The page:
Within the areas the appropriations bill covers, the situation is murky, and Republicans charge that the decisions are laced with politics by an administration that wants to make the shutdown look as bad as possible.

Republicans have tried to restore parts of the government – including veterans’ benefits and Head Start – but the White House has threatened vetoes.

Obama suggested at a news conference Tuesday that Republicans are choosing those areas because of political pressure, and he said that signing on to a “shotgun approach” would lead to popular programs being reopened while areas such as Small Business Administration loans remained shuttered.

Press Secretary Jay Carney dismissed suggestions that politics was involved in agency decisions, noting that all contingency plans were posted on their websites and included a congressional briefing. “Every agency, in keeping with past practice – hoping there wouldn’t be a shutdown but understanding it was the responsible thing to do to plan for one – provided its contingency plans and posted them, and did so responsibly,” Carney said.

The White House’s budget office offers guidance to agencies and then leaves it up to them to act “consistent with applicable legal requirements,” according to an administration official who spoke on condition of anonymity as a matter of White House policy.

At the Department of Justice, the federal Amber Alert website went down after employees were furloughed. The system itself wasn’t affected – states and counties issue the missing-child alerts, and at least two were sent over the weekend – but Republicans criticized the move, prompting Justice earlier this week to put the website back up.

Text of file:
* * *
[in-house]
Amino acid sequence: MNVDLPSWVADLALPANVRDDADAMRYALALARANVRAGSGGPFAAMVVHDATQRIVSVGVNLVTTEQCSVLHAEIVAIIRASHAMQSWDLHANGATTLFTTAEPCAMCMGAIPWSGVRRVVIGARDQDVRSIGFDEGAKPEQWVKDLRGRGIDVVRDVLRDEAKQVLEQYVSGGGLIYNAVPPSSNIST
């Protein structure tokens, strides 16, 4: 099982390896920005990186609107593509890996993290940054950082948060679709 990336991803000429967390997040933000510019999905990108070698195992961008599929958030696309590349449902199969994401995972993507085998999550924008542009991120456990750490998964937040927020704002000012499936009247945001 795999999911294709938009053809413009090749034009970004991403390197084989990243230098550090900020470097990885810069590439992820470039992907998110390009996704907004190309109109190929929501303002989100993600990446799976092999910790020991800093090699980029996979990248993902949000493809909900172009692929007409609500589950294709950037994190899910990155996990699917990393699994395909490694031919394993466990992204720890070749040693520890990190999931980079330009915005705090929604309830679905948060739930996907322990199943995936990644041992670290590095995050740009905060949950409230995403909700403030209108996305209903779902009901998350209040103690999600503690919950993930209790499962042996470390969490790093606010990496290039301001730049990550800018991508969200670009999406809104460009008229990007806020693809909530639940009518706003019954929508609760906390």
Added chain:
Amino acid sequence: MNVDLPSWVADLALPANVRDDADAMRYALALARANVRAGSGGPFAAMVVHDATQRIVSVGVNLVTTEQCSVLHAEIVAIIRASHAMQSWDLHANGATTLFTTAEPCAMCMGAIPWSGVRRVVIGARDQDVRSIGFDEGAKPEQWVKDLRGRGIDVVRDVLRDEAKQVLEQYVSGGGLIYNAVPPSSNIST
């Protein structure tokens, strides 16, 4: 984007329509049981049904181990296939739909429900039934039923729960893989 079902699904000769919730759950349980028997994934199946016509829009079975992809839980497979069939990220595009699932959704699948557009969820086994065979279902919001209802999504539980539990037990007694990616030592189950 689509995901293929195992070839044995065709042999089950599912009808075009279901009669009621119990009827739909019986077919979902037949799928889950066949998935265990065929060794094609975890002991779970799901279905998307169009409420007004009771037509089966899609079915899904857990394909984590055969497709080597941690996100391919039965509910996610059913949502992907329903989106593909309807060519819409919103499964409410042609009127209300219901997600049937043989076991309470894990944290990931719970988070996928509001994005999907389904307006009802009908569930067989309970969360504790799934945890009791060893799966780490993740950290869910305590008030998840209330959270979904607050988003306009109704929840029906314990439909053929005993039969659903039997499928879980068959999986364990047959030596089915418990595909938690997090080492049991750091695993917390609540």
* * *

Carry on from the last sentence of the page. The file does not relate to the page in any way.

Agencies “can’t be totally arbitrary,” Palguta said. “If you wanted to keep the person who is keeping your photocopy machines up and running, someone is likely to say that doesn’t meet the intent.”

He said agencies had flexibility. With Tropical Storm Karen approaching the Gulf of Mexico last week, emergency officials who’d been furloughed were called back in – but now they’re back on furlough.

At NASA, chief Charles Bolden is working because he’s a presidential appointee. But that agency’s chief human resources officer – who helped write the contingency plan – put herself on furlough. “She couldn’t justify her job as being essential to life or property,” Palguta said.

“They’re going to have to explain the decision-making, so they can’t be cavalier about it and find them all exempt,” he said. “If it doesn’t meet the act’s requirements, Congress is going to call them on it, there will be discussions in the media.”

Congress itself is affected: At the Capitol, for instance, anyone considered necessary for security and legislative operations works. Anyone else doesn’t.

Senate doorkeepers, the folks who sit outside the chambers and hold the doors for members to enter, are working. The people who guard the parking lots are not.

There’s not even useful history to guide anyone. After the first of the 1995-96 shutdowns, the House subcommittee on civil service convened hearings to determine what was “essential,” but it didn’t reach a conclusion.

Mica, who chaired the hearing, noted at the time that “the execution of the shutdown was, in many instances, disorganized and illogical, at best, and oftentimes (a) chaotic experience.” His Democratic colleague, Moran, complained that there’d been an inconsistent application of the guidelines used to determine who works and who doesn’t.

They agreed this week that little has changed: “We never have really defined what’s essential, what’s not,” Mica said. “Shame on us, because we’ve been here before and we didn’t resolve this.”